Google RecaptchaThis is used to prevent bots and spam. (Privacy Policy)
    AkismetThis is used to detect comment spam. (Privacy Policy)
    HubPages Google AnalyticsThis is used to provide data on traffic to our website, all personally identifyable data is anonymized. (Privacy Policy)
    HubPages Traffic PixelThis is used to collect data on traffic to articles and other pages on our site. Unless you are signed in to a HubPages account, all personally identifiable information is anonymized.
    Amazon Web ServicesThis is a cloud services platform that we used to host our service. (Privacy Policy)
    CloudflareThis is a cloud CDN service that we use to efficiently deliver files required for our service to operate such as javascript, cascading style sheets, images, and videos. (Privacy Policy)
    Google Hosted LibrariesJavascript software libraries such as jQuery are loaded at endpoints on the googleapis.com or gstatic.com domains, for performance and efficiency reasons. (Privacy Policy)
    Google Custom SearchThis is feature allows you to search the site. (Privacy Policy)
    Google MapsSome articles have Google Maps embedded in them. (Privacy Policy)
    Google ChartsThis is used to display charts and graphs on articles and the author center. (Privacy Policy)
    Google AdSense Host APIThis service allows you to sign up for or associate a Google AdSense account with HubPages, so that you can earn money from ads on your articles. No data is shared unless you engage with this feature. (Privacy Policy)
    Google YouTubeSome articles have YouTube videos embedded in them. (Privacy Policy)
    VimeoSome articles have Vimeo videos embedded in them. (Privacy Policy)
    PaypalThis is used for a registered author who enrolls in the HubPages Earnings program and requests to be paid via PayPal. No data is shared with Paypal unless you engage with this feature. (Privacy Policy)
    Facebook LoginYou can use this to streamline signing up for, or signing in to your Hubpages account. No data is shared with Facebook unless you engage with this feature. (Privacy Policy)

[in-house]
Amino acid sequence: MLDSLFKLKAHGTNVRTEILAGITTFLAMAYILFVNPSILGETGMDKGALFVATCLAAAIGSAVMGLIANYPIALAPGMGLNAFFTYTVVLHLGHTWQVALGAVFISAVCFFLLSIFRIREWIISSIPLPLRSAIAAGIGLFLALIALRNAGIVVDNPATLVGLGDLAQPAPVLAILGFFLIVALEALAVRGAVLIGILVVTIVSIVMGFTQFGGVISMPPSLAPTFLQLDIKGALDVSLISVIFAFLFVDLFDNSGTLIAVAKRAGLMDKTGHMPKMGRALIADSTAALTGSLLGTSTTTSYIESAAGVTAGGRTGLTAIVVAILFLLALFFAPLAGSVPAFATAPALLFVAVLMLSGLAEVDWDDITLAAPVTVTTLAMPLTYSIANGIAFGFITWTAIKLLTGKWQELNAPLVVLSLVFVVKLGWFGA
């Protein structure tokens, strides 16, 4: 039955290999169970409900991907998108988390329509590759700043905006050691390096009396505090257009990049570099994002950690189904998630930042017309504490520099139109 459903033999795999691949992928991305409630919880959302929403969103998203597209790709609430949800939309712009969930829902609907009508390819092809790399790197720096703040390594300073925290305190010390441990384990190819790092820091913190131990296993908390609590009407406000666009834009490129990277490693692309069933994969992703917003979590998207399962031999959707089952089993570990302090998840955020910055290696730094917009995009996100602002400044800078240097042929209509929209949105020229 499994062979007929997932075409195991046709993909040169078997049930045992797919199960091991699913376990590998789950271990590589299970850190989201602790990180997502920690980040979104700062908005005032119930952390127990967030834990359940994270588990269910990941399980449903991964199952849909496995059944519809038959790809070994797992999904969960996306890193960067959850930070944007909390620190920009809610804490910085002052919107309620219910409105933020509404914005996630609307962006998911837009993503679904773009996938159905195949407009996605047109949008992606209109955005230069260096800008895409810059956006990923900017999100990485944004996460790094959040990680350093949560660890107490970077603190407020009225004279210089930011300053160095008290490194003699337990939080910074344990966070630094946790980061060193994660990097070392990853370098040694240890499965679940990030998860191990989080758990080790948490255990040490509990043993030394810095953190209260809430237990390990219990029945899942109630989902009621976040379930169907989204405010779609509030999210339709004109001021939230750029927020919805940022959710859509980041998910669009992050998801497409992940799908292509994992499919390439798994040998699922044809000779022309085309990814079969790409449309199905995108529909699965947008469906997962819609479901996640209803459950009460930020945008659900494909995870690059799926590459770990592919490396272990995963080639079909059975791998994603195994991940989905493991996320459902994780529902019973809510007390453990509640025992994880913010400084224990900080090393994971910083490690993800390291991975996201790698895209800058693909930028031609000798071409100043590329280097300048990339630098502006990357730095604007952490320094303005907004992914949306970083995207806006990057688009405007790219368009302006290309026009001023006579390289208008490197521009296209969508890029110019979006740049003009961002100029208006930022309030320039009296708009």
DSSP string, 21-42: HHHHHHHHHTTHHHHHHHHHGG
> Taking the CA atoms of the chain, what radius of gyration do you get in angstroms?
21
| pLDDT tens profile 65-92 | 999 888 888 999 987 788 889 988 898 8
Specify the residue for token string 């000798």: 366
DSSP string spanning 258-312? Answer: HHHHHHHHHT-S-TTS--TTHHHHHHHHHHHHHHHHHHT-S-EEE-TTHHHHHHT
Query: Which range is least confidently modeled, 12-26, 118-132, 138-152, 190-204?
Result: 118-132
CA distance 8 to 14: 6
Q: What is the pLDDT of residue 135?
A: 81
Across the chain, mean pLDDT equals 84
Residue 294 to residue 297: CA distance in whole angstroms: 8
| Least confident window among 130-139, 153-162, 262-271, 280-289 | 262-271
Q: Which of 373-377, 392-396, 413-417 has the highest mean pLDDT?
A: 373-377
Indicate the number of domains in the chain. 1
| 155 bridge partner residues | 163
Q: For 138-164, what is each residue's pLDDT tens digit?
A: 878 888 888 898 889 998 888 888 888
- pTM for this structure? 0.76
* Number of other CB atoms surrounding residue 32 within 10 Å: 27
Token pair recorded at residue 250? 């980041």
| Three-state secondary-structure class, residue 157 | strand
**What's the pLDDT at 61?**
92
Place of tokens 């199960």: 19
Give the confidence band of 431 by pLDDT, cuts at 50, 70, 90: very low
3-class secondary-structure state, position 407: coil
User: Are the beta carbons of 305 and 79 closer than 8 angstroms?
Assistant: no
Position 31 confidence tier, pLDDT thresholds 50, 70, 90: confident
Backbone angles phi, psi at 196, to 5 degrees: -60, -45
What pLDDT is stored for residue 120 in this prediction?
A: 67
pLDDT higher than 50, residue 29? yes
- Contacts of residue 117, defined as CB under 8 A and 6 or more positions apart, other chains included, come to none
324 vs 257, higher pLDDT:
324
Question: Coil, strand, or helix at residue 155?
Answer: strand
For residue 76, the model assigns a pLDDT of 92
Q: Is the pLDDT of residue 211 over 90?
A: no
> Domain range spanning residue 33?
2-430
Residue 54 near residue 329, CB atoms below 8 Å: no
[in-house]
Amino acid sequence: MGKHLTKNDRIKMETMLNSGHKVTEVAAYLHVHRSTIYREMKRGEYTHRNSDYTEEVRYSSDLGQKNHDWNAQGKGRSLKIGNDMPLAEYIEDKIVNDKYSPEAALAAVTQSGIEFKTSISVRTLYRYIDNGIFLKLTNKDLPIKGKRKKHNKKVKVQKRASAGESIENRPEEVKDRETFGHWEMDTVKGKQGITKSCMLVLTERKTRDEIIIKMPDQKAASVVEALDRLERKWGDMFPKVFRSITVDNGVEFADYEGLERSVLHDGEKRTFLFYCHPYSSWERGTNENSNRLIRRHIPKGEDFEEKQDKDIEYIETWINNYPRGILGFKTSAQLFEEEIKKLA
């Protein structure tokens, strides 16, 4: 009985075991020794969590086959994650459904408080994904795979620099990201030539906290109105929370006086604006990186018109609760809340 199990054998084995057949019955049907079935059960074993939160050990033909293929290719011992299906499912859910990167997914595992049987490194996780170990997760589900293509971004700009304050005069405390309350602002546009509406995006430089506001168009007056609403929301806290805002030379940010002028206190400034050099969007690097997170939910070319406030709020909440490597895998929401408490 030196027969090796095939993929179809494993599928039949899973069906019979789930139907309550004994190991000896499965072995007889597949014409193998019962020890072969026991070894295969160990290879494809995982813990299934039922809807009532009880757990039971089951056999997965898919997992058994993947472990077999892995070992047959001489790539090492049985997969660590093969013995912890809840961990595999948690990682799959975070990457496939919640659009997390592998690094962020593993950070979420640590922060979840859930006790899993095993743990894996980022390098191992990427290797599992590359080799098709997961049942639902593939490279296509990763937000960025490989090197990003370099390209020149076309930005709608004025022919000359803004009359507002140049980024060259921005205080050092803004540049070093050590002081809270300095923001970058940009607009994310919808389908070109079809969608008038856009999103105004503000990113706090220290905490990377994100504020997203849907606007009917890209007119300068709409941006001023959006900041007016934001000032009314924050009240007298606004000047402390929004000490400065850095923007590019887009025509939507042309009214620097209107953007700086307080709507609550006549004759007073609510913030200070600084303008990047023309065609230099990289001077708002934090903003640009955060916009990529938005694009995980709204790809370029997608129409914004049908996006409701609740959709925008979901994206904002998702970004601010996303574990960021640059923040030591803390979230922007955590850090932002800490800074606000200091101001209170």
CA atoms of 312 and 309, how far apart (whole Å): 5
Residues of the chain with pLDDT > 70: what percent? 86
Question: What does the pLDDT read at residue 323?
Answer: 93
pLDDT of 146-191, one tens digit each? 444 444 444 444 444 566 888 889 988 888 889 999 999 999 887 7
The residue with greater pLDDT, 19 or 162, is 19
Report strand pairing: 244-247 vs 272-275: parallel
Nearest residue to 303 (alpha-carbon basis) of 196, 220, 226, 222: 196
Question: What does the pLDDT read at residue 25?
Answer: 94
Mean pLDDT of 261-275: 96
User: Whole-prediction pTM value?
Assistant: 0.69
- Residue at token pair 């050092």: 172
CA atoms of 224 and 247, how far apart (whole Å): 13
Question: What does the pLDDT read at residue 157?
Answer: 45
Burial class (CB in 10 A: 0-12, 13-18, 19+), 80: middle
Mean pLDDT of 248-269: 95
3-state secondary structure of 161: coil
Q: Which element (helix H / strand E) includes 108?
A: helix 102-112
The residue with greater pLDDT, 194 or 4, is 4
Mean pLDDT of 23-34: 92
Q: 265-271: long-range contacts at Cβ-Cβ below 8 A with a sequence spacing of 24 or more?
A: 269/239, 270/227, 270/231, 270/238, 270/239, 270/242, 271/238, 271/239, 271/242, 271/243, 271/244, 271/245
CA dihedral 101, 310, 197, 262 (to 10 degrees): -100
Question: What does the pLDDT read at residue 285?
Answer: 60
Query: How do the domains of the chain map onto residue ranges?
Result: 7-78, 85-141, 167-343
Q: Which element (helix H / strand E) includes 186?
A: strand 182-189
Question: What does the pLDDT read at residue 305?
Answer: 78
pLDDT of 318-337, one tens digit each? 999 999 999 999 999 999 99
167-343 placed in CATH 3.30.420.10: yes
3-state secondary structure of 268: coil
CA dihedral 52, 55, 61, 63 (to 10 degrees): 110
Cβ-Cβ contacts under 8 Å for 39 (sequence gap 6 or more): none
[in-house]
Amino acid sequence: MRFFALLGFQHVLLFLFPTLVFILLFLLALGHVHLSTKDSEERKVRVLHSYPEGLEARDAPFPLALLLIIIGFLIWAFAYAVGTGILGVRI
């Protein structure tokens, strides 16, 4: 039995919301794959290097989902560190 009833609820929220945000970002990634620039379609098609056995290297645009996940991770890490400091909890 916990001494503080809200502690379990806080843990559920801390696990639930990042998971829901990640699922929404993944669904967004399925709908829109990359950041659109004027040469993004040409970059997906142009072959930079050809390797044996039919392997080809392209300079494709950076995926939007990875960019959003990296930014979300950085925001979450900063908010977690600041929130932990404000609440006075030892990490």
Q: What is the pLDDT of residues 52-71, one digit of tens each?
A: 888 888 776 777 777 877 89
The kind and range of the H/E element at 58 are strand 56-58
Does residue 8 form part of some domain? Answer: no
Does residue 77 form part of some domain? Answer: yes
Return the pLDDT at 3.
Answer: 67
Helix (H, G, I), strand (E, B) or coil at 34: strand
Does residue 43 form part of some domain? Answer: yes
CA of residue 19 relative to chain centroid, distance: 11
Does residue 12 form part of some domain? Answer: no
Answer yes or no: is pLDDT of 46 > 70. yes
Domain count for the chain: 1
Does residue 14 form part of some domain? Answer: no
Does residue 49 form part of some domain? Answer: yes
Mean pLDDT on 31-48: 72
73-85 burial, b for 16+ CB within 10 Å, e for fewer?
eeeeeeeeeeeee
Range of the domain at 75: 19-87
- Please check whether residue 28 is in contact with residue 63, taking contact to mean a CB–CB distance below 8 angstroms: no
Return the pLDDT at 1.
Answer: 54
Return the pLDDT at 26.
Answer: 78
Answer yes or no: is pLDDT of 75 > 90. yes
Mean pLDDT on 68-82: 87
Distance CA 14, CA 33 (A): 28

MavenThis supports the Maven widget and search functionality. (Privacy Policy)
    Google AdSenseThis is an ad network. (Privacy Policy)
    Google DoubleClickGoogle provides ad serving technology and runs an ad network. (Privacy Policy)
    Index ExchangeThis is an ad network. (Privacy Policy)
    SovrnThis is an ad network. (Privacy Policy)
    Facebook AdsThis is an ad network. (Privacy Policy)
    Amazon Unified Ad MarketplaceThis is an ad network. (Privacy Policy)
    AppNexusThis is an ad network. (Privacy Policy)
    OpenxThis is an ad network. (Privacy Policy)
    Rubicon ProjectThis is an ad network. (Privacy Policy)
    TripleLiftThis is an ad network. (Privacy Policy)
    Say MediaWe partner with Say Media to deliver ad campaigns on our sites. (Privacy Policy)
    Remarketing PixelsWe may use remarketing pixels from advertising networks such as Google AdWords, Bing Ads, and Facebook in order to advertise the HubPages Service to people that have visited our sites.
    Conversion Tracking PixelsWe may use conversion tracking pixels from advertising networks such as Google AdWords, Bing Ads, and Facebook in order to identify when an advertisement has successfully resulted in the desired action, such as signing up for the HubPages Service or publishing an article on the HubPages Service.
    Author Google AnalyticsThis is used to provide traffic data and reports to the authors of articles on the HubPages Service. (Privacy Policy)
    ComscoreComScore is a media measurement and analytics company providing marketing data and analytics to enterprises, media and advertising agencies, and publishers. Non-consent will result in ComScore only processing obfuscated personal data. (Privacy Policy)
    Amazon Tracking PixelSome articles display amazon products as part of the Amazon Affiliate program, this pixel provides traffic statistics for those products (Privacy Policy)
    ClickscoThis is a data management platform studying reader behavior (Privacy Policy)